Wednesday, October 29, 2014

Galway Kinnell's Little Sleep's-Head Sprouting Hair in the Moonlight

“To me, poetry is somebody standing up, so to speak, and saying, with as little concealment as possible, what it is for him or her to be on earth at this moment.” — Galway Kinnell (1927-2014)
    You scream, waking from a nightmare.

    When I sleepwalk
    into your room, and pick you up,
    and hold you up in the moonlight, you cling to me
    as if clinging could save us. I think
    you think
    I will never die, I think I exude
    to you the permanence of smoke or stars,
    even as
    my broken arms heal themselves around you.


    I have heard you tell
    the sun, don't go down, I have stood by
    as you told the flower, don't grow old,
    don't die. Little Maud,

    I would blow the flame out of your silver cup,
    I would suck the rot from your fingernail,
    I would brush your sprouting hair of the dying light,
    I would scrape the rust off your ivory bones,
    I would help death escape through the little ribs of your body,
    I would alchemize the ashes of your cradle back into wood,
    I would let nothing of you go, ever,

    until washerwomen
    feel the clothes fall asleep in their hands,
    and hens scratch their spell across hatchet blades,
    and rats walk away from the cultures of the plague,
    and iron twists weapons toward the true north,
    and grease refuses to slide in the machinery of progress,
    and men feel as free on earth as fleas on the bodies of men,
    and lovers no longer whisper to the presence beside them in the
    dark, O corpse-to-be ...

    And yet perhaps this is the reason you cry,
    this the nightmare you wake screaming from:
    being forever
    in the pre-trembling of a house that falls.


    In a restaurant once, everyone
    quietly eating, you clambered up
    on my lap: to all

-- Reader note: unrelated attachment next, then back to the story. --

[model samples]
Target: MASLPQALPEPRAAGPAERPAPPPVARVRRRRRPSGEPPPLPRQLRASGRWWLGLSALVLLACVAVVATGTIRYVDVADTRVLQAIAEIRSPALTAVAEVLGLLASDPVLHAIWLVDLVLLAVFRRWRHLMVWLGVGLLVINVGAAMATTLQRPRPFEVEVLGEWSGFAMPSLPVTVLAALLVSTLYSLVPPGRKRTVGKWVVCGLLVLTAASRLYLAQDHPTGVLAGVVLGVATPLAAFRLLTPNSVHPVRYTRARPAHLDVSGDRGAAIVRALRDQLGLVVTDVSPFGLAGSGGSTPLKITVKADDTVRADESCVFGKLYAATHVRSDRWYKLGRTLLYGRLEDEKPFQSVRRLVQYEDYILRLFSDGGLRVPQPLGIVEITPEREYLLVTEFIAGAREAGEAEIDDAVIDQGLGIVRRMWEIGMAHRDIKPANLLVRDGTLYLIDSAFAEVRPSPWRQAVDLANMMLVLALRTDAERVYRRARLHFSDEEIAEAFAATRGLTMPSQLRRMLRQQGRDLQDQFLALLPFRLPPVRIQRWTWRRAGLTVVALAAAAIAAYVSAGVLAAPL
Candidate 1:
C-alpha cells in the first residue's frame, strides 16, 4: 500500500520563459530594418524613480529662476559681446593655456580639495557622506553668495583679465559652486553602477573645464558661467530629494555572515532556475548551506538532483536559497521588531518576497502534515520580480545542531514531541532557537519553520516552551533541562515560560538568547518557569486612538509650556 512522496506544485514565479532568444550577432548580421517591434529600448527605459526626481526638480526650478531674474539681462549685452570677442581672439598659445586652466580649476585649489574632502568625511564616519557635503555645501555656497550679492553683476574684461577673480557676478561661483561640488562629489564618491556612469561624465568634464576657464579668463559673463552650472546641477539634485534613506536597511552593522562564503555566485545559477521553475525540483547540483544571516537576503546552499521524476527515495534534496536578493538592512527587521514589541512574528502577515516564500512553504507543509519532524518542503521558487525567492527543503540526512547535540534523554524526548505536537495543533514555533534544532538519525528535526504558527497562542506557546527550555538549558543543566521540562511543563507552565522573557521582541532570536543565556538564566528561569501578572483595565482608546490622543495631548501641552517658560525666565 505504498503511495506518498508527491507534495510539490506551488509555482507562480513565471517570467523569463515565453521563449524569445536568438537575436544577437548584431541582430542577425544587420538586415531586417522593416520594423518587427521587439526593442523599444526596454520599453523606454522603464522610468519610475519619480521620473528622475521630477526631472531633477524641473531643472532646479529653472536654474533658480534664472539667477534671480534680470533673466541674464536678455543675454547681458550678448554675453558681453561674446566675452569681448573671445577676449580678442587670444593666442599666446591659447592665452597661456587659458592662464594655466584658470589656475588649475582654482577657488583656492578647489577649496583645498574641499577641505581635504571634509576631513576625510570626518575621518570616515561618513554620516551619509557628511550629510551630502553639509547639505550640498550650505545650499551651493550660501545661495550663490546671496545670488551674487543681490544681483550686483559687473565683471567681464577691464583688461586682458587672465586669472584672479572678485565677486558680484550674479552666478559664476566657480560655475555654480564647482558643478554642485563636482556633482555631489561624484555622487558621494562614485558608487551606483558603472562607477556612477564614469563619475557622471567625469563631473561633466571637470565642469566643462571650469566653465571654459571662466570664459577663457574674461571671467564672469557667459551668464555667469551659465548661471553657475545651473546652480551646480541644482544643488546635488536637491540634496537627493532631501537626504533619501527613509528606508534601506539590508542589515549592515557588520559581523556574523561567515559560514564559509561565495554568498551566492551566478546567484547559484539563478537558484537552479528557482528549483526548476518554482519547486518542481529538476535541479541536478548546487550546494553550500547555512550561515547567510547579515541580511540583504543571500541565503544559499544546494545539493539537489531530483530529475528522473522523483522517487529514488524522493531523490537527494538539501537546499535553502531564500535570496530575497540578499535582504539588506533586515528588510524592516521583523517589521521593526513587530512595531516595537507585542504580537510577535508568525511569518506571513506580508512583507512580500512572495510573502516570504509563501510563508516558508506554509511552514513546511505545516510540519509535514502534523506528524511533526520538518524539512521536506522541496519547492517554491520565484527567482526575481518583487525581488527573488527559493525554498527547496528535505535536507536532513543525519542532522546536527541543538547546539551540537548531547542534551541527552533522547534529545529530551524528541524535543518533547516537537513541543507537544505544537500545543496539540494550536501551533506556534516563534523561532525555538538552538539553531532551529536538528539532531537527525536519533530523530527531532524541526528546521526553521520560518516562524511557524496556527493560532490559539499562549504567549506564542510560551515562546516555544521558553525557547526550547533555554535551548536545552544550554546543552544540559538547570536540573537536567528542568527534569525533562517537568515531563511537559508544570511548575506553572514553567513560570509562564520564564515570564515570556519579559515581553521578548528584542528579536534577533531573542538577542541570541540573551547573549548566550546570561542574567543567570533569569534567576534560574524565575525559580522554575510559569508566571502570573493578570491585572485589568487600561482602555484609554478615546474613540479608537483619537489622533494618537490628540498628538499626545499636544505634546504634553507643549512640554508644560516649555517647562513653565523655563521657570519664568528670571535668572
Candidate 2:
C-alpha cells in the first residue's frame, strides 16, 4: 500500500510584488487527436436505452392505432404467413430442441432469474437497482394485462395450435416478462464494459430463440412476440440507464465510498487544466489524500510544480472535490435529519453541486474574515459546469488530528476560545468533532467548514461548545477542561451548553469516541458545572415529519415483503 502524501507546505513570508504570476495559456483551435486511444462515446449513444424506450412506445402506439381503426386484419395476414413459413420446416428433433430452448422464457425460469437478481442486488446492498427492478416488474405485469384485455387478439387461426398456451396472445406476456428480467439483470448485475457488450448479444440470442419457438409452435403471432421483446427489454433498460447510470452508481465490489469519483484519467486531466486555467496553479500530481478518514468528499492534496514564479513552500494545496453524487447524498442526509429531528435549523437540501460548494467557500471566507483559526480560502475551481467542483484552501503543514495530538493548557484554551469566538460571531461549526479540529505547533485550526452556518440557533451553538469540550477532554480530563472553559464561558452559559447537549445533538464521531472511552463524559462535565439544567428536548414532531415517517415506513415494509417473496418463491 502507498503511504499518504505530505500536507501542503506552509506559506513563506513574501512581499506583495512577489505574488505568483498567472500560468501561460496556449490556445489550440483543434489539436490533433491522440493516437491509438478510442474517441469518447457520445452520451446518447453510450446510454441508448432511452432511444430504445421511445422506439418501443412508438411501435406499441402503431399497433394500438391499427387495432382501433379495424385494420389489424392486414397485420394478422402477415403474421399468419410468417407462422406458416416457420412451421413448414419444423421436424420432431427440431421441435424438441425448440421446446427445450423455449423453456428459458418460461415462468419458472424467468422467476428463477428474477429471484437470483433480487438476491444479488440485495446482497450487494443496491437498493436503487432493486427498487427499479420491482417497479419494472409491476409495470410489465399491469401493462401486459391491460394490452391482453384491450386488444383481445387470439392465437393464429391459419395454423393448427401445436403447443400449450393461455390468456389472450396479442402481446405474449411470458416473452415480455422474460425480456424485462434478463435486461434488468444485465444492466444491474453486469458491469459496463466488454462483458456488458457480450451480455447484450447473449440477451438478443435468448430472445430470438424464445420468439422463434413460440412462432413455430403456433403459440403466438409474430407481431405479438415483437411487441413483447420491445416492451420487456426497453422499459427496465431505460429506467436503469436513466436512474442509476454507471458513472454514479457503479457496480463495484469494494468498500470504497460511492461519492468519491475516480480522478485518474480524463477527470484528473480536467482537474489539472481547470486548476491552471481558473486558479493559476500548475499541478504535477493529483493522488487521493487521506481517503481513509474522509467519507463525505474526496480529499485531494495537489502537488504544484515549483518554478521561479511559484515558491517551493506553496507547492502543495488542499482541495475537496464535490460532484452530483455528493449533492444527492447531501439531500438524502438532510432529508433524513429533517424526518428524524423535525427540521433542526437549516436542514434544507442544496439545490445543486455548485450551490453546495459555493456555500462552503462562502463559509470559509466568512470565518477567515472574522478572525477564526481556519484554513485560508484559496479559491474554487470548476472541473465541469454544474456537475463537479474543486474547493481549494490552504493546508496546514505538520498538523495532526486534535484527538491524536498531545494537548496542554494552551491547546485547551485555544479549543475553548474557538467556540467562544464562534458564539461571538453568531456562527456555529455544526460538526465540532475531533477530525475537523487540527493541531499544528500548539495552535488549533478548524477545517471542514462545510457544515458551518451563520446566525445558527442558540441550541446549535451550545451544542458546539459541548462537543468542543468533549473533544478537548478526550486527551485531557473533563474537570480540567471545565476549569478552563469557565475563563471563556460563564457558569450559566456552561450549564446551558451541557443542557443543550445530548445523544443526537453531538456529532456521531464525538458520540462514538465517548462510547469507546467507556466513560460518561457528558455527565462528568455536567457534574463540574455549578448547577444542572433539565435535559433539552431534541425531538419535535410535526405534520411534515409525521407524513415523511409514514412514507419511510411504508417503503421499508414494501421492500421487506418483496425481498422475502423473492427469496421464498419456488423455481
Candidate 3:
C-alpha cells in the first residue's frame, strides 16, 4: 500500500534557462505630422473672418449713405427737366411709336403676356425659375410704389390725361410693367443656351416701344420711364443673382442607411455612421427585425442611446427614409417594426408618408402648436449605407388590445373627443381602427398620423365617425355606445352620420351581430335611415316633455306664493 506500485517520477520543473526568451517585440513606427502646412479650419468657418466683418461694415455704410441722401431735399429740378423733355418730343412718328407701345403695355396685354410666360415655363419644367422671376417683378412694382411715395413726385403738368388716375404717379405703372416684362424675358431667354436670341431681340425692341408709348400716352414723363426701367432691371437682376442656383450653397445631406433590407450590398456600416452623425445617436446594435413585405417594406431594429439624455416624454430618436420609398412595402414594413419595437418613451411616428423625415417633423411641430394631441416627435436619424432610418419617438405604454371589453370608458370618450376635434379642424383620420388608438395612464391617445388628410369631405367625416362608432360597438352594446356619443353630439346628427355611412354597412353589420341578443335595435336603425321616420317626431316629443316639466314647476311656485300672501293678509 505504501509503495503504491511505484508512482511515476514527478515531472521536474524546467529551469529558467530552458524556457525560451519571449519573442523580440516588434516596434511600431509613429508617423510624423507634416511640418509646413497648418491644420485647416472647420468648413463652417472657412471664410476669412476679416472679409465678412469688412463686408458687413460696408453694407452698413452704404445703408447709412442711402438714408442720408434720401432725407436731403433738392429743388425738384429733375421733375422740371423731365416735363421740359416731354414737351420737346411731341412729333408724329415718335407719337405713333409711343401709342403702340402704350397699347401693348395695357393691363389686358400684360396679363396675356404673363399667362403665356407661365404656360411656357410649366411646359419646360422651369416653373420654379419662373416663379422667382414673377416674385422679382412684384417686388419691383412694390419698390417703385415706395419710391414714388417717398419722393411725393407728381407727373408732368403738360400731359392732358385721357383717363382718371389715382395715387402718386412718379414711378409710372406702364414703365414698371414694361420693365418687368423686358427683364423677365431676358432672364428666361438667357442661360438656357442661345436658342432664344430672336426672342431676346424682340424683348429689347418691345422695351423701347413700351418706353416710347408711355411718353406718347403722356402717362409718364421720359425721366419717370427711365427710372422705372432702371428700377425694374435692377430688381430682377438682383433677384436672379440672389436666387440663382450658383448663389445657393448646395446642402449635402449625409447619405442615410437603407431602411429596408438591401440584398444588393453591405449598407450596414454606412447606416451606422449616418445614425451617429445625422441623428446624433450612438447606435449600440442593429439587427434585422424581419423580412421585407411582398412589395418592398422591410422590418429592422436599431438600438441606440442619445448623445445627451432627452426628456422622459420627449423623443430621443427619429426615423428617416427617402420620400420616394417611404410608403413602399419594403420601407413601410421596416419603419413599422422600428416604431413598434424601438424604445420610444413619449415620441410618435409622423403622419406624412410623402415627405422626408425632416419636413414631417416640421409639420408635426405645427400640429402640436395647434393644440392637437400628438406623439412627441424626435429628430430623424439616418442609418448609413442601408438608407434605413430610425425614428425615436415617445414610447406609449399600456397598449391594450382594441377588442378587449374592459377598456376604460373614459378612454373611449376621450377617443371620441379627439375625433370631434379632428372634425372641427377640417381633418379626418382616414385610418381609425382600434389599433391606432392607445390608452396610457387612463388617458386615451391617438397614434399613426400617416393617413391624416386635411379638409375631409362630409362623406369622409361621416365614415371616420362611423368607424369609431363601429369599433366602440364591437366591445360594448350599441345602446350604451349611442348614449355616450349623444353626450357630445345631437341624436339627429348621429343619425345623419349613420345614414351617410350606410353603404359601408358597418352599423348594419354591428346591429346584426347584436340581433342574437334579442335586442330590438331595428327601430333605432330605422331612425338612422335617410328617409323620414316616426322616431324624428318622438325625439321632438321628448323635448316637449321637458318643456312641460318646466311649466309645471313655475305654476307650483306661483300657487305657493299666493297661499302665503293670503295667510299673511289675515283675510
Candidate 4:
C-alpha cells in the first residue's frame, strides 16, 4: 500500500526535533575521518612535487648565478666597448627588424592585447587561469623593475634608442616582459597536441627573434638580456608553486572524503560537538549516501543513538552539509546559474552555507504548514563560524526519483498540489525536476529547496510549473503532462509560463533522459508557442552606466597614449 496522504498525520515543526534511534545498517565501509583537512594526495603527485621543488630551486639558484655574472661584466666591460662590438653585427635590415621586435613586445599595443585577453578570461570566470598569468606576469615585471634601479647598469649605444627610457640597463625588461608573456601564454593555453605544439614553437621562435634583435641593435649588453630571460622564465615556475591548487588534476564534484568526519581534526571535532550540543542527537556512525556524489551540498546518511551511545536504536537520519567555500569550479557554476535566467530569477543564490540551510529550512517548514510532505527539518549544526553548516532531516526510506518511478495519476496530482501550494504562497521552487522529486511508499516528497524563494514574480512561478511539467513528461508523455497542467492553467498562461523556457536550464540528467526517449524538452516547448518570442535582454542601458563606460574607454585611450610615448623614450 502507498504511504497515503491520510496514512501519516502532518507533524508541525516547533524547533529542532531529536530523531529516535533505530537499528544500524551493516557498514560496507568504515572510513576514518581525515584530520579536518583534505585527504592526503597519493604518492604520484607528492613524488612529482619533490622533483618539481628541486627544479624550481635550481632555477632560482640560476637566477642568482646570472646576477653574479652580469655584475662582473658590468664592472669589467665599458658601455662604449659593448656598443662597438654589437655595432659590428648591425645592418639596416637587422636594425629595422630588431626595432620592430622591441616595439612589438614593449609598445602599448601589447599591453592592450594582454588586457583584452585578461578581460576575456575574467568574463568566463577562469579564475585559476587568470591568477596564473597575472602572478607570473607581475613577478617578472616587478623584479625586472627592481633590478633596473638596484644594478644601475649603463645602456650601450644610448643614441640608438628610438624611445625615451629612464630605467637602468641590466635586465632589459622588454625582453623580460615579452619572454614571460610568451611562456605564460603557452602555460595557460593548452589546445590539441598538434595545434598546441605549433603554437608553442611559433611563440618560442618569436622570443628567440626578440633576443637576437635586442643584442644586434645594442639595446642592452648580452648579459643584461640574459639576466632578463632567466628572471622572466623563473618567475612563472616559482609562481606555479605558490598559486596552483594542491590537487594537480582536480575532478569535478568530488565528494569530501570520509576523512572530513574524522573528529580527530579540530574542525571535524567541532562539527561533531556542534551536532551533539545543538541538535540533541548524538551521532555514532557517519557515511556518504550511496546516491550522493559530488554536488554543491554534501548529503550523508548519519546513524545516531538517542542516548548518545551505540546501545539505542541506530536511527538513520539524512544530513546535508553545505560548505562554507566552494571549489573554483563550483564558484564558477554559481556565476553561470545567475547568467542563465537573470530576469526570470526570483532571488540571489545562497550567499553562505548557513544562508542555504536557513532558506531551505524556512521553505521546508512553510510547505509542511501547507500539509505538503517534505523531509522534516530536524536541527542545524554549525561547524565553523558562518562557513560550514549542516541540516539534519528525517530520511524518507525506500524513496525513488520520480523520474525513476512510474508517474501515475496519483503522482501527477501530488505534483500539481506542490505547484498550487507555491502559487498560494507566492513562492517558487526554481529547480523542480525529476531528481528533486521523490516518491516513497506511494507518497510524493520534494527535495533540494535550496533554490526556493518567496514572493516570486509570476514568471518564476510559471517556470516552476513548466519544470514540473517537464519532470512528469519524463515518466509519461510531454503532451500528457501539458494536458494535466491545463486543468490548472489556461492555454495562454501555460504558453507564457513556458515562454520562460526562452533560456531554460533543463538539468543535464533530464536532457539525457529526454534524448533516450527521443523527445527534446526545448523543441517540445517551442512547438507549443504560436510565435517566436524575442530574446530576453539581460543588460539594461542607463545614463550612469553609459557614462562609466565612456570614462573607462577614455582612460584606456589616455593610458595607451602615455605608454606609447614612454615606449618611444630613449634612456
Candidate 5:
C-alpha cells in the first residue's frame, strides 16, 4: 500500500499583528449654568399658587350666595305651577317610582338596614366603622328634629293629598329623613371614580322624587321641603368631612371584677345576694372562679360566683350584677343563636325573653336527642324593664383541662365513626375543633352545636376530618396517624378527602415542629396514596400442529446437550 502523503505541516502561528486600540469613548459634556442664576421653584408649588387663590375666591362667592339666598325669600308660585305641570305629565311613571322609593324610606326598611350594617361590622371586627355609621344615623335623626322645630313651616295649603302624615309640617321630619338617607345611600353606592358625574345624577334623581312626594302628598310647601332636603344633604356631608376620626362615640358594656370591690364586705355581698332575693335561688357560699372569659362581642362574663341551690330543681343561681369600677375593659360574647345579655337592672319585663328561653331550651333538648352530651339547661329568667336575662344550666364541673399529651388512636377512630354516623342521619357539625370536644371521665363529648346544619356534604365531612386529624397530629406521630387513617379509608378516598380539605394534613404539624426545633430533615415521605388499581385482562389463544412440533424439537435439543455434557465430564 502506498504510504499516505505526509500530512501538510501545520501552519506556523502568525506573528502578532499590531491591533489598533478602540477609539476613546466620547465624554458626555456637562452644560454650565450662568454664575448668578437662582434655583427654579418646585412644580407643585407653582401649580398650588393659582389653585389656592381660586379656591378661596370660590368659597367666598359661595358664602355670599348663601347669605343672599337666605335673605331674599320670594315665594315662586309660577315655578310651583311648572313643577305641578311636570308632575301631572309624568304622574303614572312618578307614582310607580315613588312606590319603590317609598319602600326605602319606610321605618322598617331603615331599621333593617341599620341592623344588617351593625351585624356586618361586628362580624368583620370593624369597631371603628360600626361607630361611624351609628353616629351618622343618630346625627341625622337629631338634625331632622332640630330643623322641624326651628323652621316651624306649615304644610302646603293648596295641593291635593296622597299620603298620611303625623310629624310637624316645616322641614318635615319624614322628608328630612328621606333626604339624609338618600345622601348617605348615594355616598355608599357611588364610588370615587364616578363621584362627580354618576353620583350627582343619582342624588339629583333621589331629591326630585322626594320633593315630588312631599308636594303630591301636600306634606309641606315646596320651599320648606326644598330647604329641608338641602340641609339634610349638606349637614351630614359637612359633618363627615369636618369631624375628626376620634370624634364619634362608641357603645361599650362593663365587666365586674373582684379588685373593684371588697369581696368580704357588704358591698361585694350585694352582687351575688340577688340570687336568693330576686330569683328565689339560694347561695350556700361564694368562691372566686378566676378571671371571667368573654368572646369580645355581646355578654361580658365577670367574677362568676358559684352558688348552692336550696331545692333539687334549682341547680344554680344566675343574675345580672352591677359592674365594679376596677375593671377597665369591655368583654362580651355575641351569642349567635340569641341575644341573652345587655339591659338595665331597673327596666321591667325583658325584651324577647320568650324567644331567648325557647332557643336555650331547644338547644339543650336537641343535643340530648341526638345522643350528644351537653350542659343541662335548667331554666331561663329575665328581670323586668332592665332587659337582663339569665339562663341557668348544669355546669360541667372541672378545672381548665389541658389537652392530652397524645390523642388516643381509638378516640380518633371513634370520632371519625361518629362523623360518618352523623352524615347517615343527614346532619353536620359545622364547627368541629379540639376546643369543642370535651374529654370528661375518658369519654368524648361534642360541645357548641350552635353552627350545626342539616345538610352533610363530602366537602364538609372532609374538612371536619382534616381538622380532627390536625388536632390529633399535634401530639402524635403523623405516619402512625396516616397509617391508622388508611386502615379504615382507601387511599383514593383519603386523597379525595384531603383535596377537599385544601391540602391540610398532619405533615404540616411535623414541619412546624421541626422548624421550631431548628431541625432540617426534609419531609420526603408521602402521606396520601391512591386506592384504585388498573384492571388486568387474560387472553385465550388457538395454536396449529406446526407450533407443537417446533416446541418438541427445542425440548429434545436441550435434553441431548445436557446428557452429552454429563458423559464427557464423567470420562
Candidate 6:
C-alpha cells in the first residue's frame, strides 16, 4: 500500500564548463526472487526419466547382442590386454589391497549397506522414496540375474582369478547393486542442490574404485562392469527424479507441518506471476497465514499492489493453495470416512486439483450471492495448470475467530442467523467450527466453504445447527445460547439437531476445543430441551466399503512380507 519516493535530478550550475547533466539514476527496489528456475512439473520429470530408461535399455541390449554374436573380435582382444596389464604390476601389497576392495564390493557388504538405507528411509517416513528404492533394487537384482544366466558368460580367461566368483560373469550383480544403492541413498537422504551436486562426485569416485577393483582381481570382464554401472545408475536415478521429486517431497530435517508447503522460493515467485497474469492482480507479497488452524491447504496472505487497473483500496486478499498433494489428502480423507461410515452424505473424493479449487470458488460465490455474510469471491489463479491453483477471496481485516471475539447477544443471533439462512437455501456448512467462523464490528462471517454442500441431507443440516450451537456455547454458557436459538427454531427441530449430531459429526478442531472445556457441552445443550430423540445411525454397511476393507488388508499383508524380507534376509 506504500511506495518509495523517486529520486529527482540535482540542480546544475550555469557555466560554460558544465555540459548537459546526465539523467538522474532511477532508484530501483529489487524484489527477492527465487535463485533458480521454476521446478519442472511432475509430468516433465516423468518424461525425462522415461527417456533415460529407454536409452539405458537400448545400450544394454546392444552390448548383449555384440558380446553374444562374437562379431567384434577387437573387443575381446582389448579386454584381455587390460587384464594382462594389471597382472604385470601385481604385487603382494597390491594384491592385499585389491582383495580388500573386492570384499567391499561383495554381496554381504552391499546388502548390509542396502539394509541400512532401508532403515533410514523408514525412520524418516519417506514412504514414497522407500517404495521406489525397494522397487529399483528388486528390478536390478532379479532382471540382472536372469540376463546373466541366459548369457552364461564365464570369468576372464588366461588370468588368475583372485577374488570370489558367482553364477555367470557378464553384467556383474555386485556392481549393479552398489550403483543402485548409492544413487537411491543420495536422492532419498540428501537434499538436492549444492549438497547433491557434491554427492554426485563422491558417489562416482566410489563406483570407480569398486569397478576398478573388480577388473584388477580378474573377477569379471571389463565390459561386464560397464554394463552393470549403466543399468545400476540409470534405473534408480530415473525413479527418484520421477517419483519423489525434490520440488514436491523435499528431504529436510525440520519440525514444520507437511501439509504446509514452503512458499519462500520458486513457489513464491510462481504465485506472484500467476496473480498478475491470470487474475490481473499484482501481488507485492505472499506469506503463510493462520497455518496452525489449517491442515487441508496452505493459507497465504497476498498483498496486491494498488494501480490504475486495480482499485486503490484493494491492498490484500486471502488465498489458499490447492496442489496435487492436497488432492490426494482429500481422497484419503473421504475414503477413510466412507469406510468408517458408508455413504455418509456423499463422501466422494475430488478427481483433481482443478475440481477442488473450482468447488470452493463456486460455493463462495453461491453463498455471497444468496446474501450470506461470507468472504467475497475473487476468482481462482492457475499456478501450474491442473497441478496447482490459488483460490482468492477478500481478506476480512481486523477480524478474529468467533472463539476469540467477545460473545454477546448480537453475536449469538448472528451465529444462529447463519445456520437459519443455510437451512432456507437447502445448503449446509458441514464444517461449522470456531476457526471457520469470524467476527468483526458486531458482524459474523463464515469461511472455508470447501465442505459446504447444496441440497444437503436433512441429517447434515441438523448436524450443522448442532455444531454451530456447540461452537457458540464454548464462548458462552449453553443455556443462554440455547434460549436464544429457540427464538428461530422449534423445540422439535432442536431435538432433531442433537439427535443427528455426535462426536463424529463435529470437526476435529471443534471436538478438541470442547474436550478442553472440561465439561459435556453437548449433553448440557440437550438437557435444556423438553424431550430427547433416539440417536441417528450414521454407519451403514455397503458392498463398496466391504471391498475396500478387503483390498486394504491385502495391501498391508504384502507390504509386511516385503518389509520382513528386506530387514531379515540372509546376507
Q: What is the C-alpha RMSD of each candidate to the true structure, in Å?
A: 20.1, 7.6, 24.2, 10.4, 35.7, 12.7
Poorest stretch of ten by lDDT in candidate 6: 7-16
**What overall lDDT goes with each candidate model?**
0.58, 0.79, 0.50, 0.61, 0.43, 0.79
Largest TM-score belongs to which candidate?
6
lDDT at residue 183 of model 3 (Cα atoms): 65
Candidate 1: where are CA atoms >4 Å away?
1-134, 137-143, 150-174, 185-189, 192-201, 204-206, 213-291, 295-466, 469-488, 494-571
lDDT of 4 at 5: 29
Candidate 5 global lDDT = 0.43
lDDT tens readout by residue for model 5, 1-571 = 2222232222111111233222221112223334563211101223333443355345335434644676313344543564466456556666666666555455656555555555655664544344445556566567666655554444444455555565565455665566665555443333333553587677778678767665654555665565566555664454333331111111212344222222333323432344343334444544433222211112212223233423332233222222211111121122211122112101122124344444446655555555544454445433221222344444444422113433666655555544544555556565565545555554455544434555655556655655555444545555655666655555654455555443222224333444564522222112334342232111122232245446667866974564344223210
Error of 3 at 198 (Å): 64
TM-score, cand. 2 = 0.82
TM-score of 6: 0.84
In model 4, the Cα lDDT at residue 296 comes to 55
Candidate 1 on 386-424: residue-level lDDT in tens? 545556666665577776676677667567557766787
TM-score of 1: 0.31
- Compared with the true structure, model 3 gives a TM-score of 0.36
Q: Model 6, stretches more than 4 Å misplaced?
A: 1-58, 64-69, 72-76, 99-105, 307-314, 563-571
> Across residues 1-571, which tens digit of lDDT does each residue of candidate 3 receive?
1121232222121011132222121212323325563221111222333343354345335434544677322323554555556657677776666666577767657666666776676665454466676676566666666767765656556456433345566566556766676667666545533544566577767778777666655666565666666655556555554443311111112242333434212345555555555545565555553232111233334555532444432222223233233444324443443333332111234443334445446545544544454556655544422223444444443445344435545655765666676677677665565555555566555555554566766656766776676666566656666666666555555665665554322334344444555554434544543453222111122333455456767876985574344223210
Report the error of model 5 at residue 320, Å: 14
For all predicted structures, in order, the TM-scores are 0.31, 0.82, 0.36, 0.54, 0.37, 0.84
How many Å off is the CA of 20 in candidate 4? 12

the mouthfuls rising toward
    all the mouths, at the top of your voice
    you cried
    your one word, caca! caca! caca!
    and each spoonful
    stopped, a moment, in midair, in its withering

    you cling because
    I, like you, only sooner
    than you, will go down
    the path of vanished alphabets,
    the roadlessness
    to the other side of the darkness,

    your arms
    like the shoes left behind,
    like the adjectives in the halting speech
    of old men,
    which once could call up the lost nouns.


    And you yourself,
    some impossible Tuesday
    in the year Two Thousand and Nine, will walk out
    among the black stones
    of the field, in the rain,

    and the stones saying
    over their one word, ci-gît, ci-gît, ci-gît,

    and the raindrops
    hitting you on the fontanel
    over and over, and you standing there
    unable to let them in.


    If one day it happens
    you find yourself with someone you love
    in a café at one end
    of the Pont Mirabeau, at the zinc bar
    where white wine stands in upward opening glasses,

    and if you commit then, as we did, the error
    of thinking,
    one day all this will only be memory,

    as you stand
    at this end of the bridge which arcs,
    from love, you think, into enduring love,
    learn to reach deeper
    into the sorrows
    to come – to touch
    the almost imaginary bones
    under the face, to hear under the laughter
    the wind crying across the black stones. Kiss
    the mouth
    which tells you, here,
    here is the world. This mouth. This laughter. These temple bones.

    The still undanced cadence of vanishing.


    In the light the moon
    sends back, I can see in your eyes

    the hand that waved once
    in my father's eyes, a tiny kite
    wobbling far up in the twilight of his last look:

    and the angel
    of all mortal things lets go the string.


    Back you go, into your crib.

    The last blackbird lights up his gold wings: farewell.
    Your eyes close inside your head,
    in sleep. Already
    in your dreams the hours begin to sing.

    Little sleep's-head sprouting hair in the moonlight,
    when I come back
    we will go out together,
    we will walk out together among
    the ten thousand things,
    each scratched too late with such knowledge, the wages
    of dying is love.

— Galway Kinnell

Galway Kinnell burst onto the scene in 1960 with The Avenue Bearing the Initial of Christ Into the New World. The poem is an epic study of Avenue C in New York City's Lower East Side in 14 parts. Critics compared him to Walt Whitman and the poem to T. S. Eliot's The Waste Land.

Little Sleep's-Head Sprouting Hair in the Moonlight is from his 1971 collection, The Book of Nightmares. The toll in writing The Book of Nightmares affected Kinnell profoundly. He would not published another volume of poetry for another decade.

In 1982, his Selected Poems won both the Pulitzer Prize and the National Book Award. He was also the recipient of the Frost Medal by the Poetry Society of America in 2002.

Galway Kinnell died on Tuesday October 28, 2014 at his home in Sheffield, Vermont. He was 87.

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